Now use of sanitizer is not confined as hand sanitizer; we are sanitizing every thing. We even want to sanitize our eatables with it. Do we know what are we using? Generally, sanitizers are made up of alcohol (mostly isopropyl alcohol). Before COVID 19 pandemic use of sanitizer was minimal, and very few of us keep it along and use it just for sanitizing hands. Nevertheless, sanitizers have taken the same position in our lives as of mobile phone. We are carrying sanitizer everywhere and using it at each public place. We are even using it at home as well. If we look EPA data on isopropyl alcohol, we will find that this traditional cleaning product and the solvent is proved to be hazardous and toxic. It is linked to many known carcinogens, diseases, and health and environmental risks. It is also very harmful to aquatic life. Most noteworthy, Isopropyl alcohol poses a significant risk of oxygen depletion in aquatic systems. As a result, Isopropyl alcohol causes Acute Fish Toxicity. As the boiling point of Isopropyl alcohol is not very high (~82oC, which is less than water), it is considered in the category of VOC’s (Volatile Organic Compounds) which have several harmful effects on environments and ozone layer. VOC’s also possess serious adverse effects on plants to cause phytotoxicity. Other than isopropyl alcohol, ethanol is also used as sanitizer but have the same severe effects for human being, aquatic animals, and environment. Packaging of sanitizers further increasing the use of plastic and making the situation more troublesome. Use of soap and water is somehow better to use whenever possible.

Sodium Hypochlorite (NaOCl) is also very much used in public places as well as in residential area as an effective disinfectant. Earlier it was often used for disinfecting hospital wastewater in order to prevent the spread of pathogenic microorganisms, causal agents of nosocomial infectious diseases. NaOCl form Chlorine in wastewater which reacts with organic matters, giving rise to organic chlorine compounds (halogenated organic compounds such as chloroform, carbon tetrachloride) which are toxic for aquatic organisms and are persistent environmental contaminants. Chlorine compounds have high acute toxicity for aquatic organisms as well. When NaOCl is used for disinfecting surfaces such as metal surfaces, walls, doors, painted surfaces etc., then it can degrade these surfaces and causes further air pollution. Use of NaOCl is not only harmful for the environment but also have serious adverse effects on the human being.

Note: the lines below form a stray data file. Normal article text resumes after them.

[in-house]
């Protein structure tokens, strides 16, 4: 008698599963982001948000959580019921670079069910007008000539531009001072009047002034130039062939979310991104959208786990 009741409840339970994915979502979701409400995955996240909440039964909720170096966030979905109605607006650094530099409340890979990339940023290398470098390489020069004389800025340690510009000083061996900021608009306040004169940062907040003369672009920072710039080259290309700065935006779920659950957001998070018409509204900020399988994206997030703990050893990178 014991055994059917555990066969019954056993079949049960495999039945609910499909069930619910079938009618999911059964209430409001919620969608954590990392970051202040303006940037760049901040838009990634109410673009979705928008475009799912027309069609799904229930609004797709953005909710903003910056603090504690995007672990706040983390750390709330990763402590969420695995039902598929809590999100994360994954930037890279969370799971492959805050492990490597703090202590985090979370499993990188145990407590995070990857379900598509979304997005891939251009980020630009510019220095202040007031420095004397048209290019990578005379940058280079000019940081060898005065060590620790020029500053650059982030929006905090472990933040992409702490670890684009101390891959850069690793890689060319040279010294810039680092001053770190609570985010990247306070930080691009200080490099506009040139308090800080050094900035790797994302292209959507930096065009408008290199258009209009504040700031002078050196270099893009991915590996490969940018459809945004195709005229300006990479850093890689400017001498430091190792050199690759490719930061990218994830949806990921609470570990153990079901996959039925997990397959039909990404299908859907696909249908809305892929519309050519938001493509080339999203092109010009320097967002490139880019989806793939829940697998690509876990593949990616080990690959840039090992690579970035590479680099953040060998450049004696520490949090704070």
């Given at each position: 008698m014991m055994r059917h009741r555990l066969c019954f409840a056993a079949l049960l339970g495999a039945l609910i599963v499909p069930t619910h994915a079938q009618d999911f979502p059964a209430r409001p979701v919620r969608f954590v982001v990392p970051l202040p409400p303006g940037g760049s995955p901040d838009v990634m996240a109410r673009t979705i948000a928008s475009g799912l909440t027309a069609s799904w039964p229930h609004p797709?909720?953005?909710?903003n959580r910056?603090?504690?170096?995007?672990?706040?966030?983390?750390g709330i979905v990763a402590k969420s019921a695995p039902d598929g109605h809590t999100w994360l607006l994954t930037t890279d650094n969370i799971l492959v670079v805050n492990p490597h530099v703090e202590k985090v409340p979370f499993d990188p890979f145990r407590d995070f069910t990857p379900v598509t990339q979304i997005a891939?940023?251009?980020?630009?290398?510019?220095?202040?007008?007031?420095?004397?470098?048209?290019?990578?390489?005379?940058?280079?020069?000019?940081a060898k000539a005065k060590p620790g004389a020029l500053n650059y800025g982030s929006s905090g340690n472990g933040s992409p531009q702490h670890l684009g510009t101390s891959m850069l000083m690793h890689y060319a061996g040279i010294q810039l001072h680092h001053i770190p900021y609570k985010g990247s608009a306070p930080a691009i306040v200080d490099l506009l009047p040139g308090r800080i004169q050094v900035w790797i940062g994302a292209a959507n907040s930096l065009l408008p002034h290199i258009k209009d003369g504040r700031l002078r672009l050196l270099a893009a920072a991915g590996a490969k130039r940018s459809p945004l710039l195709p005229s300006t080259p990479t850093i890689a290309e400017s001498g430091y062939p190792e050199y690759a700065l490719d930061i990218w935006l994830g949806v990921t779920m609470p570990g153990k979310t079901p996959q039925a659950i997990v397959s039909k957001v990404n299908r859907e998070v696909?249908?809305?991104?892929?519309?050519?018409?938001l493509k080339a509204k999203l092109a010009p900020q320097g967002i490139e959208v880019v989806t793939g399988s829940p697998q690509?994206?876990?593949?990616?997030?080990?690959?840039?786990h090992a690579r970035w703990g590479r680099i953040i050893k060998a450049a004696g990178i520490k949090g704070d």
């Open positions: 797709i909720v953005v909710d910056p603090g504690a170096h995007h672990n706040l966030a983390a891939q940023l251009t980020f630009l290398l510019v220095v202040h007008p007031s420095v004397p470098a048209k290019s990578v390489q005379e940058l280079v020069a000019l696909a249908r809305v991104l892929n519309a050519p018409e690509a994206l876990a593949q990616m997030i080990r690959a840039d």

Wearing a mask whenever we are outside become a new trend and need of the hour but at the cost of enormous waste creation. We are using these masks for one time and then discard and leading to a new problem of risky waste generation as it cannot be dumped as such due to risk of spread of the virus. Most of these masks are composing plastic as one of the components and further enhancing the problems.

Gloves have also become one of the main components of our life, and we use them regularly. Increase in the use of gloves also augments waste and then creating problems for the environment.

From last 3 - 4 months, markets are flooded with the fruits and vegetable cleaners. We are buying them happily to secure ourselves from the microorganism’s related diseases. These cleaners are using ethyl alcohol, laurate esters of sorbitol and sorbitol anhydrides. Uses of these chemicals are further deteriorating the health of the environment as the water discharges are directly impacting aquatic species.

People are getting Goosebumps when they think of Cab pooling, leading to the running of vehicles on roads with one passenger only. Even in the buses, limited passengers are allowed. All these factors are making pressure on the resources and indirectly creating more pollution.

Though all these factors were there before lockdown as well and were impacting the environment but as the use of these components are now manifolds, their implications on the environment also become manifolds.

Even though we are trapped in this pandemic situation and satisfied with the flashes showing improvement of the environment day by day, but if we deeply analyze all these facts we will realize how we are degrading our environment indirectly. As our world becomes more toxic from chemicals of our own making, it is crucial to reduce, mitigate or better yet eradicate all the chemical toxins we can. Nature can be saved naturally, not by the excessive use of chemicals. So, changing our perspective towards the fabrication of material and disposal of the material will surely give new direction for sustainability hence there is need to rethink, recreate and reconcile concerning environment so that we can truly heal our environment.